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POP EYE

Kroq Klassics: Riding An Old Wave

September 21, 1986|PATRICK GOLDSTEIN

Call it new-wave deja vu or just a sign of the times, but something very strange is going on at KROQ-FM, Los Angeles' longtime bastion of New Music programming.

When we tuned in KROQ the other morning, the deejay serenaded us with a excerpt from the Bee Gees' "Night Fever." Don't worry--the ROQ isn't going disco after all these years.

But KROQ does have a new format, which should intrigue rock fans almost as much as it will probably outrage record executives. After years of being the most adventuresome station in town, KROQ has gotten into the oldies business. Calling its format "Klassic KROQ," the station has switched to a play list equally divided between new hits and new-wave oldies (songs that were KROQ hits over the past decade).

"We've sort of rediscovered our heritage," said Program Director Rick Carroll. "With a lot of other stations in town playing 'power' songs--the big new dance hits--we feel it's a great way for us to compete by dipping back into the vaults and playing our old hits. We did a 'Classic Rock Weekend' a few weeks ago and we got such an enormous response that we just decided to make it a regular part of our format. I think it'll help distinguish us from the competition and pay off in the next few ratings books." (In the recent spring Arbitrons, KROQ scored a 3.8 rating, beating its album-rock rivals but lagging far behind "hits" stations like KPWR-FM and KIIS-FM.)

While the emphasis on new-wave oldies may help KROQ with its ratings, the move couldn't come at a worse time for the record industry, which is reeling from the proliferation of oldies-style format on radio stations around the country. The KROQ programming shift highlights the growing disparity between the aims of radio whose advertisers want to attract an older, affluent audience and the music industry, which relies on younger listeners to help break records by new, lesser-known bands.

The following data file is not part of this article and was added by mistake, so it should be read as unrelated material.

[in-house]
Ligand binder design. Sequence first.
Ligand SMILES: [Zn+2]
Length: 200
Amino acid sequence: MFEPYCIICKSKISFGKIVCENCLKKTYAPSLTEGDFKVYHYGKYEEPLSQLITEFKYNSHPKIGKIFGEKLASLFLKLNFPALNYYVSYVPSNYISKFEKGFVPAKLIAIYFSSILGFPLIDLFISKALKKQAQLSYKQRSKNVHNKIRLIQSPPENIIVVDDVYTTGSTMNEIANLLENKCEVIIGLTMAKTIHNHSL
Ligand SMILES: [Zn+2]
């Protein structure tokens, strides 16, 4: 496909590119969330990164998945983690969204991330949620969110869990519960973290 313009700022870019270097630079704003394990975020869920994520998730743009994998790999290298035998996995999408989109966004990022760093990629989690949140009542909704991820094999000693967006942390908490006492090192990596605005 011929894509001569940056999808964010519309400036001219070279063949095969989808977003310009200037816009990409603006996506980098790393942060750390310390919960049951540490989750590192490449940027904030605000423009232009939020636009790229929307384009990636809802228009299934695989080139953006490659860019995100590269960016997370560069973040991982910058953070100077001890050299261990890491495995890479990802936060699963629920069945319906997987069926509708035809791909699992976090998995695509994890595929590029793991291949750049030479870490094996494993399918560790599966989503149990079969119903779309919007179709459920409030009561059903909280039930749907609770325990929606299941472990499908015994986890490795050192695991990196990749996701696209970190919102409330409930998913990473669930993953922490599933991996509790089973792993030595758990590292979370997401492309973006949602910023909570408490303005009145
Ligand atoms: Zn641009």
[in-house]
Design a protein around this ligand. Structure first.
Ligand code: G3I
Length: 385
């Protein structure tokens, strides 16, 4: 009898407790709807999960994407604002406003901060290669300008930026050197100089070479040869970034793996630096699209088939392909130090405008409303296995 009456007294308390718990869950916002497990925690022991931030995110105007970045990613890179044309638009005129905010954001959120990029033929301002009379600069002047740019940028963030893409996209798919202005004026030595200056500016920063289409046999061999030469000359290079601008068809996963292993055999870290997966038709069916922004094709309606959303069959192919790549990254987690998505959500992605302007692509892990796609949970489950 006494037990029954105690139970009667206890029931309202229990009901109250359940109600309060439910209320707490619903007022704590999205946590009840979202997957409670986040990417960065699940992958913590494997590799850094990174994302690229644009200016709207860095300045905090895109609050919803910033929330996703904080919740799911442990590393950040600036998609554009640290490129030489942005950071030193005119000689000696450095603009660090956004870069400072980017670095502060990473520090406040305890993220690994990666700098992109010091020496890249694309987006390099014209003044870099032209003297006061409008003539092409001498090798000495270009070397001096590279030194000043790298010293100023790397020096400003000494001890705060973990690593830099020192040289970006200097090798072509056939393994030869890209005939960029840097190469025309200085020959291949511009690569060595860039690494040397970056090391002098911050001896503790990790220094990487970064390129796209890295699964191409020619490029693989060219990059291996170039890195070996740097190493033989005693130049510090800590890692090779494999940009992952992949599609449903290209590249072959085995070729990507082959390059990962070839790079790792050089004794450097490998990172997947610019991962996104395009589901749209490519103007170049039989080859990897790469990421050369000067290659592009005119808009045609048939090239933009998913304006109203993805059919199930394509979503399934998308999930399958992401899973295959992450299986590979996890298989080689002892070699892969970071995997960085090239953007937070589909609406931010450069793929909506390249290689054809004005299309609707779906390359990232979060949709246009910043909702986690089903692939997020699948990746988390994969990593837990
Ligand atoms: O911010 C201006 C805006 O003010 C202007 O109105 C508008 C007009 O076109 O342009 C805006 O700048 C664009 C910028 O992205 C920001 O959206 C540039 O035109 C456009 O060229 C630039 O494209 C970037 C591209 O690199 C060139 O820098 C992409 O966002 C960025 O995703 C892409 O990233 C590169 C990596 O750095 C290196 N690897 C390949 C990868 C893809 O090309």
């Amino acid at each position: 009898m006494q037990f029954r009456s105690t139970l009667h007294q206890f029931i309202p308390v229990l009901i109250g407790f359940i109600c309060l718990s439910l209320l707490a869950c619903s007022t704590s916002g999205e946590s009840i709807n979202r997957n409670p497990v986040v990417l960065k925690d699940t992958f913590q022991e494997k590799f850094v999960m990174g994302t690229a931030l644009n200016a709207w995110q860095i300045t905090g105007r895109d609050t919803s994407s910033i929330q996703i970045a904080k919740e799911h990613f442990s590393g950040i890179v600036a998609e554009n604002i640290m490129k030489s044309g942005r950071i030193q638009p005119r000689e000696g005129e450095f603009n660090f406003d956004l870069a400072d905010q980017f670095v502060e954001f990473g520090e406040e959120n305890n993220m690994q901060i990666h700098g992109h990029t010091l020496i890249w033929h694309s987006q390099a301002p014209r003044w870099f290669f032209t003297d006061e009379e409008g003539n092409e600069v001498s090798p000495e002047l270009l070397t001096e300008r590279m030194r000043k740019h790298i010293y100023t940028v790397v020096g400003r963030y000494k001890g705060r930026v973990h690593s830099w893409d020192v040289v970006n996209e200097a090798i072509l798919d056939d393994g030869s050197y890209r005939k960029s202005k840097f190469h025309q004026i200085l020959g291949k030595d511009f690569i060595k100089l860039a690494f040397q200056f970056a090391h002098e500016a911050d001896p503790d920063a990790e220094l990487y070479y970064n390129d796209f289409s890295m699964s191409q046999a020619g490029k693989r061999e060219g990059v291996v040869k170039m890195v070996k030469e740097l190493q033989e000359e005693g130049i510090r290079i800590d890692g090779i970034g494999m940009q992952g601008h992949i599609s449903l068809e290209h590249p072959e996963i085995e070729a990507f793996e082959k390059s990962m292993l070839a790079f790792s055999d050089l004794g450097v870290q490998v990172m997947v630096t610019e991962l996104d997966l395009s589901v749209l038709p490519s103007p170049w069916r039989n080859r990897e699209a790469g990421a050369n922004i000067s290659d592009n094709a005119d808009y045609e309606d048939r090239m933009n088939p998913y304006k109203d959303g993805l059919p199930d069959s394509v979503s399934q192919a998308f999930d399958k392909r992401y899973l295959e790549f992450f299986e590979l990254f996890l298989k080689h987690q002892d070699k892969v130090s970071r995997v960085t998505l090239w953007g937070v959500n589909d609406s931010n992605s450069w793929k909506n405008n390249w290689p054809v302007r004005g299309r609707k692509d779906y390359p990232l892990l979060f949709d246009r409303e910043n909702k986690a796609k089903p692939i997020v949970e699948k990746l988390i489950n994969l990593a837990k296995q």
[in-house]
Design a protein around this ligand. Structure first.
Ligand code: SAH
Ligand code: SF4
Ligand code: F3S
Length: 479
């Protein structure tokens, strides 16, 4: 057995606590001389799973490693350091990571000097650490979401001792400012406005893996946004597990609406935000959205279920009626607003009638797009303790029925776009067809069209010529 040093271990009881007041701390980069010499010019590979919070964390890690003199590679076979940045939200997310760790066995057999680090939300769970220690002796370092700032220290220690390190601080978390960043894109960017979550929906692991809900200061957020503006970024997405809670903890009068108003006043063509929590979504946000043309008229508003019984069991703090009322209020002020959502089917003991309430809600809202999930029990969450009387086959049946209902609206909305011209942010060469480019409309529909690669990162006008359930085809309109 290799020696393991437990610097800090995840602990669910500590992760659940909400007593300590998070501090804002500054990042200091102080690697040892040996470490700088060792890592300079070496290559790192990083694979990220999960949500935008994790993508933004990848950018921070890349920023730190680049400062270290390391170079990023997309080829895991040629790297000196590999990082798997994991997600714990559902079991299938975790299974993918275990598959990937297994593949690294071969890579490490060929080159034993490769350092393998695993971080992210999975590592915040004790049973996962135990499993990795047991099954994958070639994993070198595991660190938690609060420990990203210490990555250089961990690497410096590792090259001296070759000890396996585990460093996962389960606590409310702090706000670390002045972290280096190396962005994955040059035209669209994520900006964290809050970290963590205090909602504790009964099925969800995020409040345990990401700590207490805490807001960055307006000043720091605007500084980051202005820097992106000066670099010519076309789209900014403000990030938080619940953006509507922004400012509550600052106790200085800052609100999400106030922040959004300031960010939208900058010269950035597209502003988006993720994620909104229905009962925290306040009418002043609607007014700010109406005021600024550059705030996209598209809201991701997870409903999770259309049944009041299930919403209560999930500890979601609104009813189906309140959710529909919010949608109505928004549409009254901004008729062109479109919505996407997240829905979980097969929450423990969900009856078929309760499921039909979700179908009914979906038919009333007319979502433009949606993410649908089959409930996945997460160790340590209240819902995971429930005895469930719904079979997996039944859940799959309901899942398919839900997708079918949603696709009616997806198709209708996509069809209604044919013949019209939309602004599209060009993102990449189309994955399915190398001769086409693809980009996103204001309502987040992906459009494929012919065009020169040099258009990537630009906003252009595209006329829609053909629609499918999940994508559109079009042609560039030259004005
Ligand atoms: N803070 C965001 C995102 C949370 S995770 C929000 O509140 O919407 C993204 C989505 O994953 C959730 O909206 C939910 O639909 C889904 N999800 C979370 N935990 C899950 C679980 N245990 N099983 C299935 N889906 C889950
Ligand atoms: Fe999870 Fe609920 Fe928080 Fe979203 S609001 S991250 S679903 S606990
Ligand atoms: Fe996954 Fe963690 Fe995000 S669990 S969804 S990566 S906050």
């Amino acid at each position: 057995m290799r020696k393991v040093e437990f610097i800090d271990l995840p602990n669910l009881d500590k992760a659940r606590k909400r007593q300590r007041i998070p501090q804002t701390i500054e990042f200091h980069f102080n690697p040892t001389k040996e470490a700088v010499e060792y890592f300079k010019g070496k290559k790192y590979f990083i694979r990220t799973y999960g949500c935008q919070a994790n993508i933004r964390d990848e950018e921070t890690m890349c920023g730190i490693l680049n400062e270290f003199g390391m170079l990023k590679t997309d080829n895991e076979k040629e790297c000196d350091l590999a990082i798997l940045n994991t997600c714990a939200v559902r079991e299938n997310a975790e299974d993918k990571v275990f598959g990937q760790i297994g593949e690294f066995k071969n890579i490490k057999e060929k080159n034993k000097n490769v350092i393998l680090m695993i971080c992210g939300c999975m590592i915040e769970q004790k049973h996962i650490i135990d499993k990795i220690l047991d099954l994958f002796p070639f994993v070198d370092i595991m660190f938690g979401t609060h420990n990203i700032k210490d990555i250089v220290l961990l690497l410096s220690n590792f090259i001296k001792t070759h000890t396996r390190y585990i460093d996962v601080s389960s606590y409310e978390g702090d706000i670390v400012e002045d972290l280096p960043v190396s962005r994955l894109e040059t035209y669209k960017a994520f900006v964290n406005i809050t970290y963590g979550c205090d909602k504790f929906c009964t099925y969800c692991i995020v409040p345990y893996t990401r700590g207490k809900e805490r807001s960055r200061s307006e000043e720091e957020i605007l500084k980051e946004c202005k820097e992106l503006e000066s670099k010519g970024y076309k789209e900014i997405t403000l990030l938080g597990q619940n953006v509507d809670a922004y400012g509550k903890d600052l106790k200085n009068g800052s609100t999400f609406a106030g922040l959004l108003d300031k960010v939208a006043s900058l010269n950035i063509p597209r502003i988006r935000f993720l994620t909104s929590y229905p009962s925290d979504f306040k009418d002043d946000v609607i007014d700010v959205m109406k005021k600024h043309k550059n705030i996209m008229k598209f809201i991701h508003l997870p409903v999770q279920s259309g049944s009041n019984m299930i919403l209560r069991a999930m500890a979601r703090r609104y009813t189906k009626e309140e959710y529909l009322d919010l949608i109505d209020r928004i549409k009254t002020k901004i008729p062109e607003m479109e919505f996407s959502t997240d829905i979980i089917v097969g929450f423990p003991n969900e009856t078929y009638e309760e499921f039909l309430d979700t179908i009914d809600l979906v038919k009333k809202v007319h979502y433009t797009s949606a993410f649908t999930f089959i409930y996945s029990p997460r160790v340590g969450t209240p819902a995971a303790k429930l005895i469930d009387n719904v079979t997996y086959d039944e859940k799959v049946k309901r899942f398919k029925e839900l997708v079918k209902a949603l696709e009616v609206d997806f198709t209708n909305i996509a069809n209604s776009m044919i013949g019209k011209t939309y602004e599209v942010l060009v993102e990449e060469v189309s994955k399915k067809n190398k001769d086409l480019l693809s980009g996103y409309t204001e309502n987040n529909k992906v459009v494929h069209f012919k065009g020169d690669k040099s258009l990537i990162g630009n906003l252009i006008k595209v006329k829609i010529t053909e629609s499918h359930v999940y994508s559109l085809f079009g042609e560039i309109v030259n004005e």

According to record company execs, radio's fondness for oldies is a disturbing trend with grave commercial repercussions. "It's really scary and potentially destructive to record sales because stations like KROQ have always been the key places to break new bands," said Geffen Records exec John Kalodner. "You have to wonder where we're going to be able to develop new artists. Look at this week alone. There are new songs out by Billy Idol, the Talking Heads, Cyndi Lauper, Rick Ocasek and Billy Squier. And if there's only three or four slots for new songs in the play lists, who's going to take a chance on a new band?"

Even Carroll acknowledges that the new format presents something of a freeze-out for new groups. "This will prevent a lot of new bands from getting added (to the station play list) right away. In fact, we're even going to have a tough time accommodating new songs by better-known artists like the Talking Heads, Rick Ocasek, Billy Idol and the B-52s. But we'll still be listening to the new groups. We just may not be able to add them right away--they're going to have to wait a few weeks, instead of going on the play list right away."

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